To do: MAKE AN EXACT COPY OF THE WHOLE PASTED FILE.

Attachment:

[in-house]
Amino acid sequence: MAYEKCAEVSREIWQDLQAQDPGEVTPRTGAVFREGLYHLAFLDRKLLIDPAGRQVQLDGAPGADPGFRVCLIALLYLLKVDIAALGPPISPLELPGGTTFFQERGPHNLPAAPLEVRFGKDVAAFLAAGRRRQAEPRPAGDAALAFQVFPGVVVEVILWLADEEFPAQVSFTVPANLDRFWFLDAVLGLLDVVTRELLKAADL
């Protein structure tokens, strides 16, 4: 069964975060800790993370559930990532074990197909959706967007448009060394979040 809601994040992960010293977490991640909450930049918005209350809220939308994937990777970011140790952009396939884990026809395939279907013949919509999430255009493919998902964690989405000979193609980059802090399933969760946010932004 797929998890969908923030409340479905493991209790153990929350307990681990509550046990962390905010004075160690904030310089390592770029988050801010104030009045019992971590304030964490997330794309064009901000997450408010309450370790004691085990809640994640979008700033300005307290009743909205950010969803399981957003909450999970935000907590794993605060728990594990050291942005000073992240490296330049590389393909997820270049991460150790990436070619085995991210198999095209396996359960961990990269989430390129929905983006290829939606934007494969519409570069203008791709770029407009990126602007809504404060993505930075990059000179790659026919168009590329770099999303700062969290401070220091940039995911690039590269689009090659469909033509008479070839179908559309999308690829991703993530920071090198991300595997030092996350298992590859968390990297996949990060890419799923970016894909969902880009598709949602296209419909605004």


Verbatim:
[in-house]
Amino acid sequence: MAYEKCAEVSREIWQDLQAQDPGEVTPRTGAVFREGLYHLAFLDRKLLIDPAGRQVQLDGAPGADPGFRVCLIALLYLLKVDIAALGPPISPLELPGGTTFFQERGPHNLPAAPLEVRFGKDVAAFLAAGRRRQAEPRPAGDAALAFQVFPGVVVEVILWLADEEFPAQVSFTVPANLDRFWFLDAVLGLLDVVTRELLKAADL
């Protein structure tokens, strides 16, 4: 069964975060800790993370559930990532074990197909959706967007448009060394979040 809601994040992960010293977490991640909450930049918005209350809220939308994937990777970011140790952009396939884990026809395939279907013949919509999430255009493919998902964690989405000979193609980059802090399933969760946010932004 797929998890969908923030409340479905493991209790153990929350307990681990509550046990962390905010004075160690904030310089390592770029988050801010104030009045019992971590304030964490997330794309064009901000997450408010309450370790004691085990809640994640979008700033300005307290009743909205950010969803399981957003909450999970935000907590794993605060728990594990050291942005000073992240490296330049590389393909997820270049991460150790990436070619085995991210198999095209396996359960961990990269989430390129929905983006290829939606934007494969519409570069203008791709770029407009990126602007809504404060993505930075990059000179790659026919168009590329770099999303700062969290401070220091940039995911690039590269689009090659469909033509008479070839179908559309999308690829991703993530920071090198991300595997030092996350298992590859968390990297996949990060890419799923970016894909969902880009598709949602296209419909605004």